Behaviors that increase the risk of acquired immunodeficiency syndrome (AIDS) and human immunodeficiency virus (HIV) among adolescents living in rural areas have been reported to be as frequent as those of lower socioeconomic minority youth living in large urban areas. Little is known, however, about whether rural adolescents possess adequate knowledge upon which to make responsible decisions to avoid exposure to HIV. In order to address this deficit, we administered the Centers for Disease Control (CDC) 1989 Secondary School Health Risk Survey to 294 sixth, seventh, and eighth grade students (30.2% sample) from a rural county with significant social problems including epidemic sexually transmitted diseases STDs, sex-for-drugs, poverty, and drug abuse. The sample was 65% African-American, 50% female, with a mean age of 12.9 ± 1.3 years. Although 68% reported having received school-based AIDS education, a lower proportion (≥10%) the students were found to correctly answer 8 of 17 AIDS/HIV knowledge questions than those from a national comparison group. The mean was 12.8 ± 3.1 of 17 items answered correct. Lower AIDS/ HIV knowledge was associated with lower school grade (rho = 0.46 p ≤ 0.0001); being African-American, Hispanic, or Native American (p ≤ 0.043); and never receiving school-based AIDS/HIV education (p ≤ 0.0001). Based on multivariate analysis of variance (ANOVA), only school-based AIDS/HIV education was a significant predictor (p ≤ 0.0001) of knowledge. Self-reported behavior change to avoid HIV exposure was associated with previous AIDS education (p ≤ 0.025), and older age (rho = -0.14, p ≤ 0.016). When these variables were analyzed w ith multiple regression, only AIDS/HIV education was found to be a significant predictor (R2 = 0.022) of behavior change. Based on regression analysis, AIDS/HIV knowledge level and school grade explained 5.3% (p ≤ 0.004) of the variation in the degree of worry of exposure to HIV. In turn, school grade, degree of worry of HIV exposure, and AIDS/HIV knowledge level explained 10% of the variation in the adolescents' perceived chance of having the HIV infection. These findings indicate that many of these younger rural adolescents lacked adequate knowledge to make responsible decisions about AIDS/HIV risk behavior and possessed beliefs about HIV exposure that may increase their risk.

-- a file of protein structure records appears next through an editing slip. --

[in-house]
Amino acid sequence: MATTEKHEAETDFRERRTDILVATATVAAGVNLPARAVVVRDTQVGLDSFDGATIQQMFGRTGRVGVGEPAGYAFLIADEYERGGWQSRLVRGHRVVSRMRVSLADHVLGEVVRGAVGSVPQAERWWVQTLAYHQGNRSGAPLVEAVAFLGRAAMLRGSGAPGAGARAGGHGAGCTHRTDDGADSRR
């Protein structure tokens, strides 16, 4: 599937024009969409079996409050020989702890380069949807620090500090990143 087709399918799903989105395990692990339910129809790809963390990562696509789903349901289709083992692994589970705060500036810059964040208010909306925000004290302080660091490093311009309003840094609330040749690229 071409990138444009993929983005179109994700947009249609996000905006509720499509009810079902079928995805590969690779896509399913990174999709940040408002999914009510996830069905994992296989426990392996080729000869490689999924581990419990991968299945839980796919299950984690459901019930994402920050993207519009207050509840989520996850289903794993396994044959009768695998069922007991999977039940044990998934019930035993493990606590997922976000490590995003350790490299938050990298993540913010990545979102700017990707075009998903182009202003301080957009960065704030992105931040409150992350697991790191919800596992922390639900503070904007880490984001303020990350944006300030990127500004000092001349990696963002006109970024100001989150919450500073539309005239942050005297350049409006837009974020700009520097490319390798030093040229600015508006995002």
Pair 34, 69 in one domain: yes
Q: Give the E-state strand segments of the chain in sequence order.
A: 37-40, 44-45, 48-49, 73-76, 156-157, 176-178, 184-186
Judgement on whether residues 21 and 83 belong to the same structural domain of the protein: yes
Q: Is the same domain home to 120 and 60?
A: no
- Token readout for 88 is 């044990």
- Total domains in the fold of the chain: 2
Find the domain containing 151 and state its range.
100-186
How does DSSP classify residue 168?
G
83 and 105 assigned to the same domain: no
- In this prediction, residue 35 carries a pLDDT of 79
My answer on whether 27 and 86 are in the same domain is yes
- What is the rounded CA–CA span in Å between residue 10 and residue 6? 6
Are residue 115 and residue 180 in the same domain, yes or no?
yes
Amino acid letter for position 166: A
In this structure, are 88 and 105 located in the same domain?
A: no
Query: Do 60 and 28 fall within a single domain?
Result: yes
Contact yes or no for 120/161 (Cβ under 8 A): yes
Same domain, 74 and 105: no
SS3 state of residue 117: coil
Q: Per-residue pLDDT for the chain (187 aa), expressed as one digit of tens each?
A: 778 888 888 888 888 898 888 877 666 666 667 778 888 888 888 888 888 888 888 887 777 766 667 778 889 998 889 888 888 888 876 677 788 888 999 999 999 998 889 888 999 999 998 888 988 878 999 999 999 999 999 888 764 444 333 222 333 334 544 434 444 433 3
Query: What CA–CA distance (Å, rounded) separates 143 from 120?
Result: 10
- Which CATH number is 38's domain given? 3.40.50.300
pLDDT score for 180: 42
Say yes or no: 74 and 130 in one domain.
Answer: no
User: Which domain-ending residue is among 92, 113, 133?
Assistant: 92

- Rural adolescents AIDS/HIV education Behavior changes Fear of HIV exposure
ASJC Scopus subject areas
- Pediatrics, Perinatology, and Child Health
- Public Health, Environmental and Occupational Health
- Psychiatry and Mental health